- Iris – The goddess of the rainbow in Greek mythology.
- Jora – A Scandinavian name meaning “earth-worker.”
- Kara – A Scandinavian name meaning “pure” or “chaste.”
- Liv – A Scandinavian name meaning “life.”
- Maja – A Scandinavian name meaning “great.”
- Nora – A Scandinavian form of Honoria, meaning “woman of honor.”
- Olivia – A Latinized form of the Scandinavian name “Olaf,” meaning “ancestor’s descendant.”
- Runa – A Scandinavian name meaning “secret lore.”
- Sif – The goddess of fertility and harvest in Norse mythology.
- Signy – A Scandinavian name meaning “new victory.”
- Sigrid – A Scandinavian name meaning “victory-bringer.”
- Thora – A Scandinavian form of “Thorgerd,” meaning “Thor’s spear.”
- Toril – A Scandinavian name meaning “thunder.”
- Tove – A Scandinavian name meaning “beautiful.”
- Vala – A Norse goddess who took the form of a hawk.
- Valkyrie – The name of the female warriors who serve Odin in Norse mythology.
Badass Viking Dog Names
For the tougher, more macho dogs out there, you can’t go wrong with a badass Viking name. These names are perfect for strong and fearless dogs who are ready to take on the world.
- Bjorn – A Scandinavian name meaning “bear.”
- Brutus – A Latin name meaning “heavy” or “dull-witted.”
- Diesel – A German name meaning “dynamic.”
- Fang – Meaning “tooth” in Old Norse, an appropriate name for a dog with a big bite.
- Grendel – The name of a monstrous creature from Anglo-Saxon legend.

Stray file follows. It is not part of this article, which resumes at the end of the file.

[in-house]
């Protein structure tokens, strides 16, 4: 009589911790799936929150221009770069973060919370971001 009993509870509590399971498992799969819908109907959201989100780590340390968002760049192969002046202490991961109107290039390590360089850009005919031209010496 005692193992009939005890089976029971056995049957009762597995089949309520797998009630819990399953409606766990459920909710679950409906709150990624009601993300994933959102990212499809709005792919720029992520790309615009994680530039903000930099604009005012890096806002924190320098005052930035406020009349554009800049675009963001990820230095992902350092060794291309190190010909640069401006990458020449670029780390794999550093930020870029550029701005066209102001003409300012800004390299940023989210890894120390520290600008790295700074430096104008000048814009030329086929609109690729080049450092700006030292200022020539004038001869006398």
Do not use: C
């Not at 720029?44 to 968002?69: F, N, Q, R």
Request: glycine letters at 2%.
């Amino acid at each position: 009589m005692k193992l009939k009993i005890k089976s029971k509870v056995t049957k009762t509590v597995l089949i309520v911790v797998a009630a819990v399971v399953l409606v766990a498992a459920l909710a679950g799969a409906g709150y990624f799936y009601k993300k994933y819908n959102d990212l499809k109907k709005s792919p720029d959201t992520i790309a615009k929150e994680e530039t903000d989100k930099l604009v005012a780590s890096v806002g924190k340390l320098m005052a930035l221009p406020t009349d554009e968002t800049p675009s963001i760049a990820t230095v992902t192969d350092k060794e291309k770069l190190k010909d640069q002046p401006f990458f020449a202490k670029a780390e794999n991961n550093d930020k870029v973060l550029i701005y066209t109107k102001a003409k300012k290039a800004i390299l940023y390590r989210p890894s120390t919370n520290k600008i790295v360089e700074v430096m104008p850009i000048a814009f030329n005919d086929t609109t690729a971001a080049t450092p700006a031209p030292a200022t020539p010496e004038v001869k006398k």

- Harley – An English name meaning “hare meadow.”
- Kane – An Irish name meaning “warrior.”
- Leif – A Scandinavian name meaning “heir” or “descendant.”
- Maverick – A non-conformist, an individualist, someone who does things their own way.
- Niko – A Finnish name meaning “victorious.”
- Rambo – An Americanized version of the name “Rambush,” meaning “wild rose.”
- Sven – A Scandinavian name meaning “boy.”
- Thorfinn – A Scandinavian name meaning “Thor’s fair-hair.”
- Tyson – An English name meaning “firebrand.”
7 Tips for Naming Your Viking Dog
There are a few things you should keep in mind when naming your dog, regardless of whether you choose a traditional Viking name or something else entirely. Here are a few tips to help you pick the perfect name for your furry friend:
- Make sure the name is easy to pronounce and remember. You don’t want to choose a name that is too difficult to say or spell, as this will make it hard for your dog to learn their name.
- Avoid names that sound like commands. For example, names like “Barky” or “No” could be confusing for your dog as they might think you are trying to give them a command.
- Keep the name short. Long names can be difficult for dogs to remember and respond to.
- Choose a name that you won’t mind yelling. You will likely find yourself yelling your dog’s name from time to time, so make sure it’s something you are comfortable with.
- Make sure the name doesn’t have negative connotations. Avoid names that might make your dog feel like they are in trouble, such as “Bad Dog” or “Slowpoke.”
- Consider your dog’s personality. Choose a name that suits your dog’s personality and appearance.
- Try out a few names. Say the name out loud and see how your dog reacts. If they seem uninterested or unresponsive, it might not be the right fit.